There is so much to tell, but I don't want to go too long. For now, we've been kept inside the Peace Corps compound so as to not get overwhelmed or overrun by what lies beyond the walls. My first venture out begins Tuesday, and I'll be back in twelve days or so. Expect to hear from me again around then (hopefully I'll figure out how to post photos then too).

Making friends

*I wrote this a couple days ago, but couldn't find any internets by which to deliver it. Sorry for the delay...

I dooni diarra n ye...

After 24 hours of travel, I finally made it safely to Tubani So, the Peace Corps training center just outside of Bamako.

A couple quick stories...

I made a point to use my last flushy-swirly in the Paris airport. Goodbye, running water.

As we were all getting on the plane in Paris, a Malian man looked at me and asked (in French) if we were all going to Bamako. After responding that we were, I got to talking with him - slowly and in French. Knowing Malian people are generally have a sense of humor, I asked him if he had asked about us going to Bamako because he thought he was getting on the wrong plane. He responded with a big smile that there are never that many "toubabs" (Bambara for white folks) on that flight. I knew I was in.

The kid on the plane next to me was about 11 (and Malian). I helped him to figure out the in-flight entertainment system. When he finished his lunch, he gave me his Mars bar. Amarain, my first Malian friend.

Most of the Malians on the plane (and some of the white folks, which surprised me), were not familiar with the airplane lavatory system. I was waiting in line once, and the woman in front of me couldn't figure out how to push the door (the foldy one) to get inside. I helped her. When the flight attendant walked by, he noticed that I was waiting and tried the door, which, since this poor woman couldn't open, she certainly couldn't lock. That was awkward. The flight attendant locked it from the outside for her. Then when she was done, I could hear her struggling to get out. After discovering that throwing her weight against the door was ineffective, she finally figured it out . When I got in there, I found the ashtray loose in the sink. Now that I think about it, it does look strikingly like a door handle.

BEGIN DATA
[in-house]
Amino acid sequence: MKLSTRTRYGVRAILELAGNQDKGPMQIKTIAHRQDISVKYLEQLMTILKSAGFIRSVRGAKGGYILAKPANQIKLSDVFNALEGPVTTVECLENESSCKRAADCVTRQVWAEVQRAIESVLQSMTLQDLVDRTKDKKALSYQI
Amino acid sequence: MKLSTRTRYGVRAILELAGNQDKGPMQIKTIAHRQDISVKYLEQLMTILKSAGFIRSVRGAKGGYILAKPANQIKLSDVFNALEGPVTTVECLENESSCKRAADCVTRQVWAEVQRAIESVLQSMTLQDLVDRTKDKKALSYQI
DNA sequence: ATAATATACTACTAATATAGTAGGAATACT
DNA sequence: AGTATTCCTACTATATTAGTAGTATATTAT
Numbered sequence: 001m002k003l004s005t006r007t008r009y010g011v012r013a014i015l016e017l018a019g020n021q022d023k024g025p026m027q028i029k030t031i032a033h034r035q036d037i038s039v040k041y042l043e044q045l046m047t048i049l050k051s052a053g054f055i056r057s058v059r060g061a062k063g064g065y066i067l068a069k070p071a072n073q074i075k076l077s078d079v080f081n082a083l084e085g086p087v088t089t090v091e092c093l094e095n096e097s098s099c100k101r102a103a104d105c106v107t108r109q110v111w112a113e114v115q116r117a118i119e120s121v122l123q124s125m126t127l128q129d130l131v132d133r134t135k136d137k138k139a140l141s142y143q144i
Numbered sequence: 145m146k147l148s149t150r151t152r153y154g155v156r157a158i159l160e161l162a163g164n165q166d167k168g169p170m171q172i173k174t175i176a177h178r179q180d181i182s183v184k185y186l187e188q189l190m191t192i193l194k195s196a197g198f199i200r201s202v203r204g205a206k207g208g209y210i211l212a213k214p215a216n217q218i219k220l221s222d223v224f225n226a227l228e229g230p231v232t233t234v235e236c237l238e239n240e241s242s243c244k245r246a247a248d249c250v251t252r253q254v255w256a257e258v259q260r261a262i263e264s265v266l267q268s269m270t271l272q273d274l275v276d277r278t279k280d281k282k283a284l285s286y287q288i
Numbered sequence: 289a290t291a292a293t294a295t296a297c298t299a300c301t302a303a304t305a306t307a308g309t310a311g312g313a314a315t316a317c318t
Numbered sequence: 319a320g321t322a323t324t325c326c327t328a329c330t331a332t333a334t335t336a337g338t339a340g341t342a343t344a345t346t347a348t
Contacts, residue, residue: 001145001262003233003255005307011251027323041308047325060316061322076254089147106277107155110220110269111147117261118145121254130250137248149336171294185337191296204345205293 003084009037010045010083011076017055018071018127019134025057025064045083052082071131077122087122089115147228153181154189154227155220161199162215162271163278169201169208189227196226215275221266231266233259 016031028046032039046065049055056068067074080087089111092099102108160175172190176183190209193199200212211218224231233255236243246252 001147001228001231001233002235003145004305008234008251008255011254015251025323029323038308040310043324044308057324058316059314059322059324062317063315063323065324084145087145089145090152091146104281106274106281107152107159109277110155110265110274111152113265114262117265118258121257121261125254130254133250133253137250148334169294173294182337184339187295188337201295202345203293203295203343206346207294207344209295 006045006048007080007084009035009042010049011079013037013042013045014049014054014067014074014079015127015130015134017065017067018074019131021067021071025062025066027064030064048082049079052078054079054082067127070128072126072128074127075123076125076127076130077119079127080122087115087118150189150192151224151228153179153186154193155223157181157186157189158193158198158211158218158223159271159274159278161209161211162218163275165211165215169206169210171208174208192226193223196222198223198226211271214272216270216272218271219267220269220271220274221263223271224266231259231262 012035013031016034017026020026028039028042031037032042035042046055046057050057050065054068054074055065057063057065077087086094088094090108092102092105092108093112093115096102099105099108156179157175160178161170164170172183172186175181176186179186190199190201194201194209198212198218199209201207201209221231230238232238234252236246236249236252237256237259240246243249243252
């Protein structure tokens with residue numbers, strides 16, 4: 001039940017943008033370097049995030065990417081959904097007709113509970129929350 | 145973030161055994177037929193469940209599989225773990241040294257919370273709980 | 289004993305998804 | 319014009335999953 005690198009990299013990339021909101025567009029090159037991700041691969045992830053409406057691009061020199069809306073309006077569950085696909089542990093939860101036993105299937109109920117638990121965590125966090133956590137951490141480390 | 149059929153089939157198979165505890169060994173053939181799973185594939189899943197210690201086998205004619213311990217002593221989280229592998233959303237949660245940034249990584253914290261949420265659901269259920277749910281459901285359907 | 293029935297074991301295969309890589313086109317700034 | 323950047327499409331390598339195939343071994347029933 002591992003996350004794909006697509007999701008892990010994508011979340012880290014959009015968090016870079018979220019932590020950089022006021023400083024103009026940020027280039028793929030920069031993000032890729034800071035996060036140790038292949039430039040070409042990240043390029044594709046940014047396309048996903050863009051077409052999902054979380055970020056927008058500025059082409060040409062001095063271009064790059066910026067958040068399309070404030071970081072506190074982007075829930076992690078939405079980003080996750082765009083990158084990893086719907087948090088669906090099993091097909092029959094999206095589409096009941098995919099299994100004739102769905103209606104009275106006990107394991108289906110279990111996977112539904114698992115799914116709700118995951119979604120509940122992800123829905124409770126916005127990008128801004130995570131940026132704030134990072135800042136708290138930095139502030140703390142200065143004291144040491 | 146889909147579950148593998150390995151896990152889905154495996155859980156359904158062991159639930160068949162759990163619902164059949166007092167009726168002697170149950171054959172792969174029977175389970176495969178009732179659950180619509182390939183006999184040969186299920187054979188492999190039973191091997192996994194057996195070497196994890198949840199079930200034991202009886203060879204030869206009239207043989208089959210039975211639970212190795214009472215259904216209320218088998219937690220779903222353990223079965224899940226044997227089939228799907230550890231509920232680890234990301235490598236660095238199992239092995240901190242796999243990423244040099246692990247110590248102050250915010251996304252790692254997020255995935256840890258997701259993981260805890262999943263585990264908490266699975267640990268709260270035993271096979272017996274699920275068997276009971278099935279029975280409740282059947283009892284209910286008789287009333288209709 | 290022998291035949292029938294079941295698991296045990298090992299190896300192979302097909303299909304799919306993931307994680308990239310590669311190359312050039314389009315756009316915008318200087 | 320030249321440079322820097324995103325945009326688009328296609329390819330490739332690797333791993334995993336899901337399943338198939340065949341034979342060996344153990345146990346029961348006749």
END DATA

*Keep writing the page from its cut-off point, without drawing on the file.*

I've gotta run, so I'll stop there for now. So far so good.

Friday, July 4, 2008

Ready to go

So I leave in 48 hours, and I've been meaning to post on here for days now, but there's been so much to do.

At this point, my bags are more or less packed, my goodbyes have mostly been said, and I have only to eat good food and be antsy for the next couple days.

Thanks to all my amazing friends, many of whom made tremendous effort to send me off in style. To all those who have taken me out over the past few weeks and months, and who have offered their support and prayers, it has meant so much to me.

I hope that I can keep in touch with everyone to a reasonable level through this shiny new blog, and email and stuff. As many of you already know, mail and telephone where I'm going will be at best inefficient.

I know this isn't the most artful of posts, but I've got to get something up here so you all know I'm serious about this thing. I'll write more when there are things to say.

In the meantime, I'm still taking all the prayers I can get. Just about time to hit the road.

Much love,